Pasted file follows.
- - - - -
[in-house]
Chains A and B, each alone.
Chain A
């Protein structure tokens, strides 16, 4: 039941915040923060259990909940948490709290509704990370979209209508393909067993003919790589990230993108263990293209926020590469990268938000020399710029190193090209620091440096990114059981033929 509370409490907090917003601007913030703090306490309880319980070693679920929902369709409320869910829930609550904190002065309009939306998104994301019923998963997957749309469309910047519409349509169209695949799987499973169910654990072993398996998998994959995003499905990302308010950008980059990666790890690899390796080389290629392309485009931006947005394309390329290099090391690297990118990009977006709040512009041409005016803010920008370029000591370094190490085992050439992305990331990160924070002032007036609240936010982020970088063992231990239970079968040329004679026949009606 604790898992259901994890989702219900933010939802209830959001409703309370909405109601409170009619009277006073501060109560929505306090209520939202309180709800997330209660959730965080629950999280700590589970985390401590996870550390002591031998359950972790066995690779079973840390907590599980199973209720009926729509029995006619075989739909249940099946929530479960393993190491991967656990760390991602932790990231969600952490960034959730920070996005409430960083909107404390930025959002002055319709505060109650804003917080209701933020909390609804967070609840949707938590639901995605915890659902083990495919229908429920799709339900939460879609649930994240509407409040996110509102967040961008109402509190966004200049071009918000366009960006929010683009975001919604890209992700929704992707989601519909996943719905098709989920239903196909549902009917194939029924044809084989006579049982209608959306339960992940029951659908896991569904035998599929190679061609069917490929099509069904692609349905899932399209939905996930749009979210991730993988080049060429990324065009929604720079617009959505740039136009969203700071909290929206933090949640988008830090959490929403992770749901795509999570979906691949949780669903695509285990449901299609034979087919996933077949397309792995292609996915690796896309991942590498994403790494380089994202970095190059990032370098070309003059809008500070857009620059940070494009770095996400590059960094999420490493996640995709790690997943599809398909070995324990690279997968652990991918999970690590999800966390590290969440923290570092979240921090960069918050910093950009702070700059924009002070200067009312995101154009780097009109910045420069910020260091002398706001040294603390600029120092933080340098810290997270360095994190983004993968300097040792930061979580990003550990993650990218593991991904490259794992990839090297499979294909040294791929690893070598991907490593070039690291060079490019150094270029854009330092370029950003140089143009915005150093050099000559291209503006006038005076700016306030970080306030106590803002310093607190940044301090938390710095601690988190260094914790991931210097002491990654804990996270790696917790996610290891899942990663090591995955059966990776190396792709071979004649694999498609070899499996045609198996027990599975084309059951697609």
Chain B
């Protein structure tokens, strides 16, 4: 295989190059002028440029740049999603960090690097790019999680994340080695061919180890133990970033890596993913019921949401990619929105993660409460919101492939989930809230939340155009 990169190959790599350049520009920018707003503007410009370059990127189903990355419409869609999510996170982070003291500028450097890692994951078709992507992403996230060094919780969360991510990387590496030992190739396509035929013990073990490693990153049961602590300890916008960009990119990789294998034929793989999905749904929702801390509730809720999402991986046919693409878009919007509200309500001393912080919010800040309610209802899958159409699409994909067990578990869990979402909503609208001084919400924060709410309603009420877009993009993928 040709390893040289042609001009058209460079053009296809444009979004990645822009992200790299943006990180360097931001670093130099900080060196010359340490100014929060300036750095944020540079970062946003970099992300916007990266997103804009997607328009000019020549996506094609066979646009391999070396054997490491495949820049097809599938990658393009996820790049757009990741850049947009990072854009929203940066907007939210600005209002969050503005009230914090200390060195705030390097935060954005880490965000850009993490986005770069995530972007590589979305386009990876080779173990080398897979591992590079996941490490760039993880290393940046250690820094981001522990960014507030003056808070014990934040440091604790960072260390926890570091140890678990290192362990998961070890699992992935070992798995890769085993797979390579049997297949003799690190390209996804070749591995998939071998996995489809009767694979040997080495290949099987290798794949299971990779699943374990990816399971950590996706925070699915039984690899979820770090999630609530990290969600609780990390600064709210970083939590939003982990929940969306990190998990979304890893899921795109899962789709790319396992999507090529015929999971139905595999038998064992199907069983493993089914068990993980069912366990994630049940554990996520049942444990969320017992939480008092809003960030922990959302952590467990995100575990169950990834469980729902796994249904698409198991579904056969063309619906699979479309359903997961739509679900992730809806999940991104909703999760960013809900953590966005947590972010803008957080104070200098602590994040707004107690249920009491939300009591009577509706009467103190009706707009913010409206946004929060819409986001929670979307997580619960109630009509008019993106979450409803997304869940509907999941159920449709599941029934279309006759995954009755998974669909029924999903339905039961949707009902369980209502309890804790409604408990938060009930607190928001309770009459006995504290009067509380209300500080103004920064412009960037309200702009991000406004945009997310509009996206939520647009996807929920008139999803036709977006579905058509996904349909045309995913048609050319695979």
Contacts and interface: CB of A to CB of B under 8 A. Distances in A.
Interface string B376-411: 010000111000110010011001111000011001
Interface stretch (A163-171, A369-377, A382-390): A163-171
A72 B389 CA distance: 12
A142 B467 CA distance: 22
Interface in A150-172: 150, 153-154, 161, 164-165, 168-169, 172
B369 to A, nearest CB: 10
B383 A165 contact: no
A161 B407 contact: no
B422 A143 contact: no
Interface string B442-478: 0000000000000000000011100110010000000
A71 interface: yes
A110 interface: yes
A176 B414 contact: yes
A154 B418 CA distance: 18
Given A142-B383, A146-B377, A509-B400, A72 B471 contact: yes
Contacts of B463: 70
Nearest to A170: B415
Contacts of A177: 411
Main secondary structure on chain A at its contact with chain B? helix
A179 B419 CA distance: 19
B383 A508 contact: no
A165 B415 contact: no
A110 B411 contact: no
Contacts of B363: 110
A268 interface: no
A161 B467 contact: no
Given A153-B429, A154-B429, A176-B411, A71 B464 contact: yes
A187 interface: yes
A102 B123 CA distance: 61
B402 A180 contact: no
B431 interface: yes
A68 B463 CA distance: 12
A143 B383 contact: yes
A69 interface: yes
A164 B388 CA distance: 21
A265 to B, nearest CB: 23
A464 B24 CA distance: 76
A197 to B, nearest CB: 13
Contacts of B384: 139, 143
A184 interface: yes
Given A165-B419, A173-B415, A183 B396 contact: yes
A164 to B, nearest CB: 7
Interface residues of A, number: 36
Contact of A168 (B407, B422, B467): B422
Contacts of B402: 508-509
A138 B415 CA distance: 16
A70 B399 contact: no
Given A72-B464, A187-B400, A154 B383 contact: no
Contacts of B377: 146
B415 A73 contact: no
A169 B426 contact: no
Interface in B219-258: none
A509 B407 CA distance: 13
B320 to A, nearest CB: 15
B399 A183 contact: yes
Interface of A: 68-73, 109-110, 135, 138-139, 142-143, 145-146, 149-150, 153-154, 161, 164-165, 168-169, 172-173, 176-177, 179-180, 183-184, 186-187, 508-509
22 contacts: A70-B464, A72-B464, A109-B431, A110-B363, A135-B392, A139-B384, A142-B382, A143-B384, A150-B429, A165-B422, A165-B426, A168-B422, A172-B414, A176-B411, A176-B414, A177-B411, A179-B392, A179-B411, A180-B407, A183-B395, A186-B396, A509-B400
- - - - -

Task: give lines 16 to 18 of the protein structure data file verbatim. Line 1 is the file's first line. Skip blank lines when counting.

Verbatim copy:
B422 A143 contact: no
Interface string B442-478: 0000000000000000000011100110010000000
A71 interface: yes